|FOR IMMEDIATE RELEASE||98-95|
Washington, D.C., September 28, 1998 In a major address on the state of accounting delivered today at New York University, Securities and Exchange Commission Chairman Arthur Levitt expressed concern that the quality of financial reporting in corporate America is eroding and he presented an action plan that calls on the entire financial community to remedy the problem.
Chairman Levitt said, "Increasingly, I have become concerned that the motivation to meet Wall Street earnings expectations may be overriding common sense business practices. Too many corporate managers, auditors, and analysts are participants in a game of nods and winks. In the zeal to satisfy consensus earnings estimates and project a smooth earnings path, wishful thinking may be winning the day over faithful representation."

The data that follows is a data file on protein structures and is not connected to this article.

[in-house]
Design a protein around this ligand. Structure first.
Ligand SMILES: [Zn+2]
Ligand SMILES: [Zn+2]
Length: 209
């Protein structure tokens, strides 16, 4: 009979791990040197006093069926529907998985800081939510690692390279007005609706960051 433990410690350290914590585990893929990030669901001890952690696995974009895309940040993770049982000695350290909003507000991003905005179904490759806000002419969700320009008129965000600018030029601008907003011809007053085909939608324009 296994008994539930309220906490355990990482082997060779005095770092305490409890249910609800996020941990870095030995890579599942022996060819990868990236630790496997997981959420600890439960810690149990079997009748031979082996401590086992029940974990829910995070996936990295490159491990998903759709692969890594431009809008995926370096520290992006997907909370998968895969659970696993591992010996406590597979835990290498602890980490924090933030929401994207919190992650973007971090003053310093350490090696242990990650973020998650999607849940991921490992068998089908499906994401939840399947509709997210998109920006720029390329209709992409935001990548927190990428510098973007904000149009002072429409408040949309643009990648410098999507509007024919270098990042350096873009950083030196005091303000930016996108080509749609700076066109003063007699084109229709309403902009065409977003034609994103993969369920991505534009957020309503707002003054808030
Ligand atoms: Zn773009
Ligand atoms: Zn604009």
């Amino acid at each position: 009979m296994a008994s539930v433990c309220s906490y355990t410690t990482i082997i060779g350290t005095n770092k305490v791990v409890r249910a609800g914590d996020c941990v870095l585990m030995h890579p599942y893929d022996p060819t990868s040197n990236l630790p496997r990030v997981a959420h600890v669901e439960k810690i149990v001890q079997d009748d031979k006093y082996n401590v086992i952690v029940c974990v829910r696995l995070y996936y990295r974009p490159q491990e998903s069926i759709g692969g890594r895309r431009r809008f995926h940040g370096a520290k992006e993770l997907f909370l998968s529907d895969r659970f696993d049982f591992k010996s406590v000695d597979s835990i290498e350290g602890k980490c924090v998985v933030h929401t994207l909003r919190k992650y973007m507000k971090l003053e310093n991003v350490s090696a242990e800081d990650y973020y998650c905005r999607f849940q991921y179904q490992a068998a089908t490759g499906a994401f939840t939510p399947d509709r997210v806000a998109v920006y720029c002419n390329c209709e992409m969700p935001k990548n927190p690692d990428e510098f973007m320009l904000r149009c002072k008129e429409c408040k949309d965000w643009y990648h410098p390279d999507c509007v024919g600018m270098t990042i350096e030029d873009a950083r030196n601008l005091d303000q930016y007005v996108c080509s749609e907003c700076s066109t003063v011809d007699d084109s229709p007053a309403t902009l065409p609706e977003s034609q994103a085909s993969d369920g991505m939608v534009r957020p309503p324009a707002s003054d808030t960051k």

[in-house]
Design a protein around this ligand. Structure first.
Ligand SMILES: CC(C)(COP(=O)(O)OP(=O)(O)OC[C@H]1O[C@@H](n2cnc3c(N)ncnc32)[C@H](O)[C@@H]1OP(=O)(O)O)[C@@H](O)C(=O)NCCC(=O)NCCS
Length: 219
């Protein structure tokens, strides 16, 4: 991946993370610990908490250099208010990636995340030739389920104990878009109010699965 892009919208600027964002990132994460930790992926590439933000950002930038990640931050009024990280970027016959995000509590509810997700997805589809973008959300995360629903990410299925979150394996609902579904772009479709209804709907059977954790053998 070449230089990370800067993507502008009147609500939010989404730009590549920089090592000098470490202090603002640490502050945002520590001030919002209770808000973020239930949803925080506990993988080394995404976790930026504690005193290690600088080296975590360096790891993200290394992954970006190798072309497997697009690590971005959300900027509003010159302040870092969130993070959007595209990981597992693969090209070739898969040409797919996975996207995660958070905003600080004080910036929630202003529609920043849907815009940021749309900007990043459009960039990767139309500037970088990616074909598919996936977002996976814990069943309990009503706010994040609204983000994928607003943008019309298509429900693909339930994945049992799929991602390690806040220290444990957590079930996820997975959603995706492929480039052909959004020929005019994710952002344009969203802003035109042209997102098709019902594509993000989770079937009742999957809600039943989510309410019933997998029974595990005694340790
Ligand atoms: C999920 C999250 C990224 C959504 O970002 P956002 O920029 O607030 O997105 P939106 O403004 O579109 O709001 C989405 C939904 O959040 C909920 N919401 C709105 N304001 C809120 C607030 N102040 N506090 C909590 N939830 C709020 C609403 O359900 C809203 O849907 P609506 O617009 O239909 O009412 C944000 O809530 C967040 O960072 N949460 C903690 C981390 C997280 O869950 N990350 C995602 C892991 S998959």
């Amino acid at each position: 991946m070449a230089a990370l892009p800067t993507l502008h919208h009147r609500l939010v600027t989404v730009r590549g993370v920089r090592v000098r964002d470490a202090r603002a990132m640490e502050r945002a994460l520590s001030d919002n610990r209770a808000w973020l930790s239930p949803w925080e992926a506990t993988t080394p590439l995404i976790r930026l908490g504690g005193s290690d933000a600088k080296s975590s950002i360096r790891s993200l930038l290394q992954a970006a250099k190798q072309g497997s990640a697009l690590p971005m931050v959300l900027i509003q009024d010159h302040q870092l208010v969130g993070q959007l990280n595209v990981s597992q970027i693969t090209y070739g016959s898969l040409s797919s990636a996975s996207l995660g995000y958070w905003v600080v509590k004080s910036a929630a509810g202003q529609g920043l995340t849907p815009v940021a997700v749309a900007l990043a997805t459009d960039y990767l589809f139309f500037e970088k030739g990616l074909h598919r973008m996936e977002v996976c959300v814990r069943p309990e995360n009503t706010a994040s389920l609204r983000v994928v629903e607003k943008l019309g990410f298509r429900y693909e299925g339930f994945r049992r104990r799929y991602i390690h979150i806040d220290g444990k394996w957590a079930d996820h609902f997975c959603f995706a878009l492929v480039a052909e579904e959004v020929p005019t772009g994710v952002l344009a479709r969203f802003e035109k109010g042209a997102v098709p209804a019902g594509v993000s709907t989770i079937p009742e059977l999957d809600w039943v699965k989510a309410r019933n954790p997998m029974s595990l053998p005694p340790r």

He added, "As a result, I fear that we are witnessing an erosion in the quality of earnings, and therefore, the quality of financial reporting. Managing may be giving way to manipulation; Integrity may be losing out to illusion."
Suspect Accounting Practice and the Pressure to "Make Your Numbers"
Chairman Levitt cited five accounting practices that companies employ to manage their earnings: "big bath" restructuring charges, creative acquisition accounting, "cookie jar reserves," "immaterial" misapplications of accounting principles, and the premature recognition of revenue.
Chairman Levitt outlined the pattern that earnings management creates: Companies try to meet or beat Wall Street earnings projections in order to grow market capitalization and increase the value of stock options. Companies' ability to do this depends on achievable earnings targets from analysts. And analysts need constant guidance from companies to frame those expectations. Auditors, who want to retain their clients, are under pressure not to stand in the way.
Specifically, Chairman Levitt called for the following actions: